Concord Bookshop Paper
Concord Bookshop Paper
The evidence of change has never been more apparent then as witnessed in the health care industry at present time. Both internal and external influences are serving to create a rapidly evolving health care marketplace that requires health care organizations to not only recognize change but be willing to incorporate a learning culture that is proactive to continuous change (Spector, 2010). The successful implementation of change is highly dependent upon how change is introduced, applied, and supported that enables old processes to be dismissed, new ideas are introduced, and a new vision that includes desired changes is accepted by all employees that it will influence (Spector, 2010).
The owners of the Concord Bookshop viewed change as a stand-alone process for improving their business or the introduction of a business solution (Spector, 2010). The real application of change has to do with involving people to change a process, technology, or even organizational wide change modalities. Instead, the owners and board directed change and assumed that if it was mandated then change would be automatic (Spector, 2010). Communication
A critical phase that was overlooked by Concord Bookshop is communication planning. Analytical assessments and the recognition of what changes are needed is a valid starting point, but if these changes are not communicated effectively then changes will be met with great resistance and confusion by employees, vendors, and most importantly customers (Spector, 2010). Awareness must be communicated that identifies the reason for change and the downside if change is not implemented (Spector, 2010).
This awareness depends on ensuring that the communication applied is specifically designed for the audience it is intended. Communication of change will be delivered differently to front-line employees than it would be to upper management and still different to vendors and customers. The owners of the Concord Bookshop communicated only to inform that change has taken place without giving anyone a chance to understand why change is needed in the first place. Sponsorship
A buy-in by those most capable of implementing change is vital to ensuring a high level of change management and successful change (Spector, 2010). This is not the same as supporting change but instead is the active role of senior business leaders in involved in active participation that results in evidence of change. Management acting as agents of change can lead from the front and help identify problems, communicate, and create positive change environments. This is also an avenue to ensure the vision and direction of change is maintained throughout the change process (Spector, 2010). Resistance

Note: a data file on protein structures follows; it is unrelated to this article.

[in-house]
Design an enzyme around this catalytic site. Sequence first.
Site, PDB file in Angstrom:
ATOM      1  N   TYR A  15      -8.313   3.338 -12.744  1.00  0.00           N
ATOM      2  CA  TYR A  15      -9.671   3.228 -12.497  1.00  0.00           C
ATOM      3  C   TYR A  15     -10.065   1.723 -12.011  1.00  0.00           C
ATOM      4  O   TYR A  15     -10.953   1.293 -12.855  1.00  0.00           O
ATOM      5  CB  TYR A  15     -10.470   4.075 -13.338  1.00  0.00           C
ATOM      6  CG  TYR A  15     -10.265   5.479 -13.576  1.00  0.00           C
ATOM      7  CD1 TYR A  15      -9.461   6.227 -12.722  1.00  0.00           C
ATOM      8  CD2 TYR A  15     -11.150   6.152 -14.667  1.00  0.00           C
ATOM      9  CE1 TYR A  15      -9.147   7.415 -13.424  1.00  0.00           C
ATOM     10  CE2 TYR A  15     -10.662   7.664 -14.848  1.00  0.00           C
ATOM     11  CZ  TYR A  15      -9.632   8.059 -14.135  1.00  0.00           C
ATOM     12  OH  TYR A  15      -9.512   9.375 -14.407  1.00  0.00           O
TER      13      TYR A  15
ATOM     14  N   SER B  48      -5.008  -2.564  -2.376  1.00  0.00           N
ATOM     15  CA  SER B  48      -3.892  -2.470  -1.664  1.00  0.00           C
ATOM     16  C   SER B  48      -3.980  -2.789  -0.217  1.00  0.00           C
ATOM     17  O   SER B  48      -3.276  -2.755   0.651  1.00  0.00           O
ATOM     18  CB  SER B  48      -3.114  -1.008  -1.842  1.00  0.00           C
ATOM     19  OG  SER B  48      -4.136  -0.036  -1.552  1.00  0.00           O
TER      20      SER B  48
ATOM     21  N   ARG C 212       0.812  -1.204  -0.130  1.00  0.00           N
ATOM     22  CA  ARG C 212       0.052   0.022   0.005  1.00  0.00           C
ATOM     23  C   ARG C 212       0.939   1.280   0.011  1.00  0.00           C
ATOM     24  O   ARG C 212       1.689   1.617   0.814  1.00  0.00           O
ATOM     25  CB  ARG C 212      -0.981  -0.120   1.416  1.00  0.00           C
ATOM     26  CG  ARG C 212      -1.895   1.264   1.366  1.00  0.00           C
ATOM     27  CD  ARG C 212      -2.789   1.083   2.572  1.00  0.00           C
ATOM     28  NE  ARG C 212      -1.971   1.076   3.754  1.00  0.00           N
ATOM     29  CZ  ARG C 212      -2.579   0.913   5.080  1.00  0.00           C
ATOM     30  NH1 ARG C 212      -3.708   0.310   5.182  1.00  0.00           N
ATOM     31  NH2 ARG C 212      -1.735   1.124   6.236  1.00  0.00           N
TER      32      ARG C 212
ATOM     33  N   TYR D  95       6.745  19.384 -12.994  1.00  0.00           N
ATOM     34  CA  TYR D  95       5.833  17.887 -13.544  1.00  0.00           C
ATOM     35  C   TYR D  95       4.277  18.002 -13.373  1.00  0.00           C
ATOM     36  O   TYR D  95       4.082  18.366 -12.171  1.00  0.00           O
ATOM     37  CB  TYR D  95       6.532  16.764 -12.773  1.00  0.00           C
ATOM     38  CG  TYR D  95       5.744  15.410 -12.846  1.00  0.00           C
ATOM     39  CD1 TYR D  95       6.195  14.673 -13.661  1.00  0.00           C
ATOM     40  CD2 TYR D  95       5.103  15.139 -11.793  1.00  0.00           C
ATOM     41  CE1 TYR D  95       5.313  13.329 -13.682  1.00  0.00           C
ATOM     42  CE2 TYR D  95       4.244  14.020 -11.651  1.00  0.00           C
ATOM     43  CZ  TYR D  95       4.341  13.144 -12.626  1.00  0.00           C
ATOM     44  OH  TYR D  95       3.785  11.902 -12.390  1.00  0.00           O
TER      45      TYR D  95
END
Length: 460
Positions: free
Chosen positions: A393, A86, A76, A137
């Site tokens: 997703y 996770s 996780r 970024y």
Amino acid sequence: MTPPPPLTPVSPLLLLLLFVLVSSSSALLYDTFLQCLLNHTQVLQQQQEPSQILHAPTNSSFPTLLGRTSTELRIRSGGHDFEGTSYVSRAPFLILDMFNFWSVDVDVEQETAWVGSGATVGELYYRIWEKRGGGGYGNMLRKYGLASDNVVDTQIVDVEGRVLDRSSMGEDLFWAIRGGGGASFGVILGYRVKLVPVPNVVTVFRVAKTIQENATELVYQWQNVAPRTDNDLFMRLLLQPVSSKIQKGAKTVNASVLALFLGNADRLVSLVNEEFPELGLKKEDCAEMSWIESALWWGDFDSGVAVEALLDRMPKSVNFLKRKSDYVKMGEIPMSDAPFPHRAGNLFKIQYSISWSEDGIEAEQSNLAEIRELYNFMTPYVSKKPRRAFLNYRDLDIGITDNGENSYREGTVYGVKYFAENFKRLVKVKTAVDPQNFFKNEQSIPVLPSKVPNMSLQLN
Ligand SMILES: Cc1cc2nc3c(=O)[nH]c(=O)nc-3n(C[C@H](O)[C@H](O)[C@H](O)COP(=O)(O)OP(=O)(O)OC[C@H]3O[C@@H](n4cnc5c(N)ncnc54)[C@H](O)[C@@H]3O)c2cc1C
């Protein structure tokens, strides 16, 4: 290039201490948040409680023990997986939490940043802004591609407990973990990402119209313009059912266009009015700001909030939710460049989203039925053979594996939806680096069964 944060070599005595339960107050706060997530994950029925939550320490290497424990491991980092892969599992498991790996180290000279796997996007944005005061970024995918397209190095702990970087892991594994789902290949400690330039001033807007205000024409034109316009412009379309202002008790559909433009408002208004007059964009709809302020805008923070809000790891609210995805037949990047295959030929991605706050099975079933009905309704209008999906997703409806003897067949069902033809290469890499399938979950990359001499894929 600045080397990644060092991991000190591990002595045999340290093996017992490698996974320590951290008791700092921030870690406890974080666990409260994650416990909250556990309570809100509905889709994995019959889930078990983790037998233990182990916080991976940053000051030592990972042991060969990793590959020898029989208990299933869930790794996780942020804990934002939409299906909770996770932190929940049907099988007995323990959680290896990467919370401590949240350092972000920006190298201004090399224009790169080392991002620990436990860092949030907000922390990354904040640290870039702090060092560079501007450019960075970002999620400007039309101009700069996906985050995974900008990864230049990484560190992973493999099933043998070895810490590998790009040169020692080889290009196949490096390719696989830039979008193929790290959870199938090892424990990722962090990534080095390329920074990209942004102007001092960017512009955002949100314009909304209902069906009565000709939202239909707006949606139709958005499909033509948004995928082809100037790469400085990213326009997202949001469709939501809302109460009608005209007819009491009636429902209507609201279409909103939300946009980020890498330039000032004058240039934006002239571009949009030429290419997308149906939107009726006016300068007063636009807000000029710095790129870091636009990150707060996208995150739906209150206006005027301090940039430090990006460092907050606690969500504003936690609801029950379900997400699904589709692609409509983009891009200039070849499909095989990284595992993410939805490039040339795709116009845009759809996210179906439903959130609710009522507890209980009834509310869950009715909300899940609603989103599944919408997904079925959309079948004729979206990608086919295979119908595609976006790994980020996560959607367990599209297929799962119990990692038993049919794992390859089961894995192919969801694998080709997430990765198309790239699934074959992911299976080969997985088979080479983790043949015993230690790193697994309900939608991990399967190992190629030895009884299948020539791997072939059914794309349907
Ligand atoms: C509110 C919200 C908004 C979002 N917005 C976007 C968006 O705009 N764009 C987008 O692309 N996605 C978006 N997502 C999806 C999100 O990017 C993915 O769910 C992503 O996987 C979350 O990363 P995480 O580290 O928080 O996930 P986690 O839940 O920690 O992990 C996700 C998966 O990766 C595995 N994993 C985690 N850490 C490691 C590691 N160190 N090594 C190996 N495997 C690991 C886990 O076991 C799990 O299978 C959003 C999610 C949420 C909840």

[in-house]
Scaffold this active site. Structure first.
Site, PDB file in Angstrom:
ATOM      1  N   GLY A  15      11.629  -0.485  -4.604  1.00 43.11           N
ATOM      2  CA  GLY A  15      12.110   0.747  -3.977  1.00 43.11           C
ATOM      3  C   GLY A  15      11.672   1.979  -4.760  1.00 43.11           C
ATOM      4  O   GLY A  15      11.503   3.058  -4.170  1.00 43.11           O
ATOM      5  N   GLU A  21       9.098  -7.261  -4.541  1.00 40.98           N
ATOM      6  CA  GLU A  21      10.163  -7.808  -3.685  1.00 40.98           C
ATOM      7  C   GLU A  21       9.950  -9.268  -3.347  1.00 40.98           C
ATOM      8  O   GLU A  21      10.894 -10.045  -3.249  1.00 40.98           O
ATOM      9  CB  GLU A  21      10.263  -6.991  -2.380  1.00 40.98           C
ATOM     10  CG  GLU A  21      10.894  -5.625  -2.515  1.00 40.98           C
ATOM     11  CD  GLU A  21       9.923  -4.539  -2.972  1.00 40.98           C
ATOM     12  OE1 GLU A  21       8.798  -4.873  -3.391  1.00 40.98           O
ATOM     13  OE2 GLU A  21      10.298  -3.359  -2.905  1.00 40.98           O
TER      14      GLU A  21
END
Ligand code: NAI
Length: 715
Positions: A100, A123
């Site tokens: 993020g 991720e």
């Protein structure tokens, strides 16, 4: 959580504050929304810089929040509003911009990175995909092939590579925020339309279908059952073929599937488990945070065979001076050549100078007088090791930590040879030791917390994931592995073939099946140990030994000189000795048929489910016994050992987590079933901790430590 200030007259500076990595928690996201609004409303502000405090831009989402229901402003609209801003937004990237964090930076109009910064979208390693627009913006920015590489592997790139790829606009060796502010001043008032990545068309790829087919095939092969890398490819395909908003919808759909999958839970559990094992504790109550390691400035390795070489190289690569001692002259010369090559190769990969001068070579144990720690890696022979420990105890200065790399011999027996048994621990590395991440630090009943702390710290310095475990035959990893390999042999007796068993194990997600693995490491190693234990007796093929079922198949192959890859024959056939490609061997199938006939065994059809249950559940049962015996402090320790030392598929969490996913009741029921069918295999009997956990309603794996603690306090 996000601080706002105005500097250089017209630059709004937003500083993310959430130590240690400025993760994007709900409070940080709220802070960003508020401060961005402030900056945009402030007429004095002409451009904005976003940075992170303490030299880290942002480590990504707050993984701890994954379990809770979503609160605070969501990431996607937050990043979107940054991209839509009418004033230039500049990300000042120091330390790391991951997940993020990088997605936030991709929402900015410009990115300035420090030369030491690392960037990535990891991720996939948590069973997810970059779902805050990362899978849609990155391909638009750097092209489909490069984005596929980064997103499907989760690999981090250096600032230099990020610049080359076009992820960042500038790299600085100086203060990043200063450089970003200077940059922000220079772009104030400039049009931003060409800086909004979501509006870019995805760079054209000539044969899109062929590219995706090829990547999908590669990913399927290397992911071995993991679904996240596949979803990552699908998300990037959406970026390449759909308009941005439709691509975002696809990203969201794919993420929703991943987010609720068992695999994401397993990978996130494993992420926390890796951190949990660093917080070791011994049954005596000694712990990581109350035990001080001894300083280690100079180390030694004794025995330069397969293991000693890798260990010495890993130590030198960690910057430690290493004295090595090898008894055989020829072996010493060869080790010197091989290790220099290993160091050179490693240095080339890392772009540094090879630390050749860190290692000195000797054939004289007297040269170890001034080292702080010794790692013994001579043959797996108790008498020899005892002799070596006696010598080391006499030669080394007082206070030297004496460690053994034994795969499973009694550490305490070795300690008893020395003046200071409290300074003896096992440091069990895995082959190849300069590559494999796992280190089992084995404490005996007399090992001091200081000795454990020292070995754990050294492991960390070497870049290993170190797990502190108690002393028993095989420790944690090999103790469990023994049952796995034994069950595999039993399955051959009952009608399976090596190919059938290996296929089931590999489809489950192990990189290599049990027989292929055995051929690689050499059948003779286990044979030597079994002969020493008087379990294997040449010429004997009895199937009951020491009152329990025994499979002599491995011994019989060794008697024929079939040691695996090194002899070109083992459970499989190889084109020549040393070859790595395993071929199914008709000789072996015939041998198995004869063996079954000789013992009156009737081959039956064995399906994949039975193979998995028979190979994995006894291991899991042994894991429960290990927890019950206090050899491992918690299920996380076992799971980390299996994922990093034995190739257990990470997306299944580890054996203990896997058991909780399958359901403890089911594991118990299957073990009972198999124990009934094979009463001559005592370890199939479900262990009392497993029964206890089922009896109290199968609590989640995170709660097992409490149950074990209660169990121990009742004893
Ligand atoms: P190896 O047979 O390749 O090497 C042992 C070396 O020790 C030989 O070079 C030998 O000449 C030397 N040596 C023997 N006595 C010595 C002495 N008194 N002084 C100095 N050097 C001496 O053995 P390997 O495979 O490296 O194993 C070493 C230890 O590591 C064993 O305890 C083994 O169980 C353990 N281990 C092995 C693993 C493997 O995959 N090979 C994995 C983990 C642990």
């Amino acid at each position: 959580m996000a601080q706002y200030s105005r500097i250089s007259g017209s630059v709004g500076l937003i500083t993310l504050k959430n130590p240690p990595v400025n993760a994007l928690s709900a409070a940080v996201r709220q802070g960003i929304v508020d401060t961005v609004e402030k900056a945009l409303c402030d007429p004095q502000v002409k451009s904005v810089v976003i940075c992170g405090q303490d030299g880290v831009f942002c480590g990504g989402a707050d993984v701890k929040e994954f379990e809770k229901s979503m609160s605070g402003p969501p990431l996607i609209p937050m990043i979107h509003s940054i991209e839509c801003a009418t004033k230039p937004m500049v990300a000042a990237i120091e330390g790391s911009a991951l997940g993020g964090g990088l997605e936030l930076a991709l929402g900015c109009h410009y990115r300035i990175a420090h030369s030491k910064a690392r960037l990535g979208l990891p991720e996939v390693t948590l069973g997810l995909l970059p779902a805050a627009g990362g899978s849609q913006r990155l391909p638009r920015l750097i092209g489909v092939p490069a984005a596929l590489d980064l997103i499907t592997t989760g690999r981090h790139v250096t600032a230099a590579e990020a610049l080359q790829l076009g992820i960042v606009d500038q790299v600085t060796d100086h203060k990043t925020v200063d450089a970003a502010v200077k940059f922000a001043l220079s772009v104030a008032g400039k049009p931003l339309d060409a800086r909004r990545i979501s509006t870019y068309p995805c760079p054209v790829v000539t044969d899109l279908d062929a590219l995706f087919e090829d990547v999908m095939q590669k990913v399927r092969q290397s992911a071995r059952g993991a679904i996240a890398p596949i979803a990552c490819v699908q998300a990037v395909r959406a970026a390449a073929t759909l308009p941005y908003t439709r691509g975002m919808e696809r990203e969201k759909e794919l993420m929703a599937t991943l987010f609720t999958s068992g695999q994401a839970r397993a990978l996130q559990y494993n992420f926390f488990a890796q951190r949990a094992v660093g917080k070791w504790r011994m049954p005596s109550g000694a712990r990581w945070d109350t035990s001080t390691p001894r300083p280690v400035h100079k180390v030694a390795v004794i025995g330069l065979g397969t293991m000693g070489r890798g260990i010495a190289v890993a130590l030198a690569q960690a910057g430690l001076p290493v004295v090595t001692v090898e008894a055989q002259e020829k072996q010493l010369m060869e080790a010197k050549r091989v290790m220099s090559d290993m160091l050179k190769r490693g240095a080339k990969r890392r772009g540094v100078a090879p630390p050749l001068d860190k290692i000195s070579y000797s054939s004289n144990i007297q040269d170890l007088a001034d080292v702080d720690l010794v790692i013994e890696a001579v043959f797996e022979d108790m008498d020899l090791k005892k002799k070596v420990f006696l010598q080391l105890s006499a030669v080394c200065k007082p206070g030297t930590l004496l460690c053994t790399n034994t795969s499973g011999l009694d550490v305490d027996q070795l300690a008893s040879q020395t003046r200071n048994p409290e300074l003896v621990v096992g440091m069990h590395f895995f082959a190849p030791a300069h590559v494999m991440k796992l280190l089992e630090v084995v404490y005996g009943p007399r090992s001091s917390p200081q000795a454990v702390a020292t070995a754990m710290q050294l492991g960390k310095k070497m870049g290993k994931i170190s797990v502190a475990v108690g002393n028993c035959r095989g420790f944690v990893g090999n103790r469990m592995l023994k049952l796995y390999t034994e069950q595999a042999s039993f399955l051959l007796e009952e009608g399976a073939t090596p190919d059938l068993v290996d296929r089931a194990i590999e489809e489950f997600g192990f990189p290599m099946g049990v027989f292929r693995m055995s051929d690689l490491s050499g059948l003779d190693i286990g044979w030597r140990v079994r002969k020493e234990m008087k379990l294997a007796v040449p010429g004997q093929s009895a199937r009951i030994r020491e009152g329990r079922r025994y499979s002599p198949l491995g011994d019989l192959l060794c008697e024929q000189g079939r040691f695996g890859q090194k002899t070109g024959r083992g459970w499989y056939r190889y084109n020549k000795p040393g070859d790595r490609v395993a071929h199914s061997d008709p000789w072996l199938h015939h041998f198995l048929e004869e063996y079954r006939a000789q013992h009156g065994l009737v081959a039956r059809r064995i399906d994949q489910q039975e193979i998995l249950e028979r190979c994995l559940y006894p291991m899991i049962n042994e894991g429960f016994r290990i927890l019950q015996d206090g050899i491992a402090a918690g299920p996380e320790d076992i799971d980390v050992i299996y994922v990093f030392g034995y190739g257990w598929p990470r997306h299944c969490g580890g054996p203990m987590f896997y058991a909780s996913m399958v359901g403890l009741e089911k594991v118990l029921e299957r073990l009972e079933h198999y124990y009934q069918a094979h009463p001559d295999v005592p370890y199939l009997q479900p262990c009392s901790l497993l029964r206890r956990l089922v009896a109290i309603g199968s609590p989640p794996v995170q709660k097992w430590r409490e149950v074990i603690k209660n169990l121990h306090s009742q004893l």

No matter how well the communication and sponsorship of change implementation processes is applied; there is always a level of resistance. This resistance must be managed in a proactive and timely manner (Spector, 2010). Change agents, teams, and leaders must recognize change resistance and apply proper processes and tools to support change implementation in all phases of change in an organization.
The Concord Bookshop did not consider employee resistance to change and went as far as to disregard communication stating the reasons for resistance. A business that view employees as a liability and a cost, fail to see employees as human capital and assets. This view is counter to how vendors and customers view them (Spector, 2010).
The Concord Bookshop represents an excellent example of how not to attempt change. If employees would have been included in the early stages of analysis to define the change required, they would have created a proactive change management environment (Spector, 2010). Instead, the surprise of change that was perpetuated upon the employees was met with across the board resistance, bewilderment, anger, and derision that resulted in the loss of many highly qualified employees and management. These factors created a failure of change management where the loss of employees and resulting customers would cost the company far more than if they had taken the time to implement change management process correctly to begin with (Spector, 2010).
Spector, B. (2010). Implementing organizational change: Theory into practice (2nd ed). Upper Saddle River, NJ: Pearson Prentice Hall.